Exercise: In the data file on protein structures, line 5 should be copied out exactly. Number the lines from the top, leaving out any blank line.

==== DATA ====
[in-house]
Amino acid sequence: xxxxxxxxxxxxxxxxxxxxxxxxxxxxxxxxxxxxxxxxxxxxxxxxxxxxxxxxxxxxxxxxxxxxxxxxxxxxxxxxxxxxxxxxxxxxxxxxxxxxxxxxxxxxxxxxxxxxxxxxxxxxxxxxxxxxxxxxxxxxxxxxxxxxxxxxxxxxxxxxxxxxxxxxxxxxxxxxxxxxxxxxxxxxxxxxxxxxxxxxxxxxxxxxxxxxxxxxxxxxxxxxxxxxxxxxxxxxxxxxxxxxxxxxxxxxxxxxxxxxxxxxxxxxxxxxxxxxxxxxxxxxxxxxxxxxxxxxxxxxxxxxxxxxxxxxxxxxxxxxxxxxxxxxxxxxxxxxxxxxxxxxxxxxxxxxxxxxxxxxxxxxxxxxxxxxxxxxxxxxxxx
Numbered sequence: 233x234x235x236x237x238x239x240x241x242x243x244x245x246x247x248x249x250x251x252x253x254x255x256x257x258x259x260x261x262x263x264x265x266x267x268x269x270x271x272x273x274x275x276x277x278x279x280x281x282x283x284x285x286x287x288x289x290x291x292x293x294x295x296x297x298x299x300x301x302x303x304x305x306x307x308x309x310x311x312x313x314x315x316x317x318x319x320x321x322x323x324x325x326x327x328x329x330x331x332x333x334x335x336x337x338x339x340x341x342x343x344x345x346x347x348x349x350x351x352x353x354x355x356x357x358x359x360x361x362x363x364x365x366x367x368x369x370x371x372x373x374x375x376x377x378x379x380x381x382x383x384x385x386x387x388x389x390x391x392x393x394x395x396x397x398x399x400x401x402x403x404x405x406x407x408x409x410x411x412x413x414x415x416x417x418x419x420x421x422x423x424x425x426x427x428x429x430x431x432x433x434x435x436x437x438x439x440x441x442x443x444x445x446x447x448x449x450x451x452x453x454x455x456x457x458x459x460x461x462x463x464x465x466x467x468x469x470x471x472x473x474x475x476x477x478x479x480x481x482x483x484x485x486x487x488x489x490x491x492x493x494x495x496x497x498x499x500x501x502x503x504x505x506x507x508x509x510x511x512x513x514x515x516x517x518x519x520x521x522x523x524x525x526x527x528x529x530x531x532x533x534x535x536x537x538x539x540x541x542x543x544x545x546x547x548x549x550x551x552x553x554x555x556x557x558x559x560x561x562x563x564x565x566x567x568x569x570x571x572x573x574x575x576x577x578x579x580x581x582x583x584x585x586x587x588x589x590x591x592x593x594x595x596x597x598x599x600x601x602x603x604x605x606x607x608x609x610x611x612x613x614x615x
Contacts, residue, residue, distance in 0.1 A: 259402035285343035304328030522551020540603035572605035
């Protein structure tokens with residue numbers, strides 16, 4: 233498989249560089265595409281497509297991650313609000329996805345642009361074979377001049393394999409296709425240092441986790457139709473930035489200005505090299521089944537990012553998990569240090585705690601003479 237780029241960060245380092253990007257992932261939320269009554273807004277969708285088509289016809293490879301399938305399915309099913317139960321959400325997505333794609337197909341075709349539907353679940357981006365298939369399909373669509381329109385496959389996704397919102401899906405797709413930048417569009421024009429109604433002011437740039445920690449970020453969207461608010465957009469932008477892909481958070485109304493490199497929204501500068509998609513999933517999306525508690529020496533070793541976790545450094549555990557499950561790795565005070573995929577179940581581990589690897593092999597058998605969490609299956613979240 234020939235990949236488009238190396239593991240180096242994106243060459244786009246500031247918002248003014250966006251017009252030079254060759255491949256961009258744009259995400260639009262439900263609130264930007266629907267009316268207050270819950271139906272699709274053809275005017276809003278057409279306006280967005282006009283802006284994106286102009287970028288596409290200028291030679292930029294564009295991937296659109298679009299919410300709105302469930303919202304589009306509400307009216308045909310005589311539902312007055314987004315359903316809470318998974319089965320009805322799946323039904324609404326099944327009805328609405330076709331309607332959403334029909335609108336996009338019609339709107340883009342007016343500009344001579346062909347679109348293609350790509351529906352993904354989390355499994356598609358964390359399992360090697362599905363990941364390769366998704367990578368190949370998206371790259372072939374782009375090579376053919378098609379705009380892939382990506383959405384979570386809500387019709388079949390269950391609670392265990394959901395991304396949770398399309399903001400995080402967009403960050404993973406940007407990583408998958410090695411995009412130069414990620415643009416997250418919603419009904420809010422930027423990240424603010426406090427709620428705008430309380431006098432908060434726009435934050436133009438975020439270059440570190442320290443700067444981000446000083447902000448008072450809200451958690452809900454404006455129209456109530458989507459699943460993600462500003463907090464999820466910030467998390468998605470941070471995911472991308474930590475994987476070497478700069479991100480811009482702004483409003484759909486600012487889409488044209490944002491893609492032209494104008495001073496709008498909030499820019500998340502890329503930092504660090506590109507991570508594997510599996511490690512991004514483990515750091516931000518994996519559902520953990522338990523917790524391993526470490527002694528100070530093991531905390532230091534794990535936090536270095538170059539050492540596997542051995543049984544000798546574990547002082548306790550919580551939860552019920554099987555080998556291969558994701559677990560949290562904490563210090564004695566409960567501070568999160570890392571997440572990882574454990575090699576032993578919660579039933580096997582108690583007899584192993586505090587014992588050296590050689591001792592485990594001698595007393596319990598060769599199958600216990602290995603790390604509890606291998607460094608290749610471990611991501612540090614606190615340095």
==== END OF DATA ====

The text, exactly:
């Protein structure tokens with residue numbers, strides 16, 4: 233498989249560089265595409281497509297991650313609000329996805345642009361074979377001049393394999409296709425240092441986790457139709473930035489200005505090299521089944537990012553998990569240090585705690601003479 237780029241960060245380092253990007257992932261939320269009554273807004277969708285088509289016809293490879301399938305399915309099913317139960321959400325997505333794609337197909341075709349539907353679940357981006365298939369399909373669509381329109385496959389996704397919102401899906405797709413930048417569009421024009429109604433002011437740039445920690449970020453969207461608010465957009469932008477892909481958070485109304493490199497929204501500068509998609513999933517999306525508690529020496533070793541976790545450094549555990557499950561790795565005070573995929577179940581581990589690897593092999597058998605969490609299956613979240 234020939235990949236488009238190396239593991240180096242994106243060459244786009246500031247918002248003014250966006251017009252030079254060759255491949256961009258744009259995400260639009262439900263609130264930007266629907267009316268207050270819950271139906272699709274053809275005017276809003278057409279306006280967005282006009283802006284994106286102009287970028288596409290200028291030679292930029294564009295991937296659109298679009299919410300709105302469930303919202304589009306509400307009216308045909310005589311539902312007055314987004315359903316809470318998974319089965320009805322799946323039904324609404326099944327009805328609405330076709331309607332959403334029909335609108336996009338019609339709107340883009342007016343500009344001579346062909347679109348293609350790509351529906352993904354989390355499994356598609358964390359399992360090697362599905363990941364390769366998704367990578368190949370998206371790259372072939374782009375090579376053919378098609379705009380892939382990506383959405384979570386809500387019709388079949390269950391609670392265990394959901395991304396949770398399309399903001400995080402967009403960050404993973406940007407990583408998958410090695411995009412130069414990620415643009416997250418919603419009904420809010422930027423990240424603010426406090427709620428705008430309380431006098432908060434726009435934050436133009438975020439270059440570190442320290443700067444981000446000083447902000448008072450809200451958690452809900454404006455129209456109530458989507459699943460993600462500003463907090464999820466910030467998390468998605470941070471995911472991308474930590475994987476070497478700069479991100480811009482702004483409003484759909486600012487889409488044209490944002491893609492032209494104008495001073496709008498909030499820019500998340502890329503930092504660090506590109507991570508594997510599996511490690512991004514483990515750091516931000518994996519559902520953990522338990523917790524391993526470490527002694528100070530093991531905390532230091534794990535936090536270095538170059539050492540596997542051995543049984544000798546574990547002082548306790550919580551939860552019920554099987555080998556291969558994701559677990560949290562904490563210090564004695566409960567501070568999160570890392571997440572990882574454990575090699576032993578919660579039933580096997582108690583007899584192993586505090587014992588050296590050689591001792592485990594001698595007393596319990598060769599199958600216990602290995603790390604509890606291998607460094608290749610471990611991501612540090614606190615340095």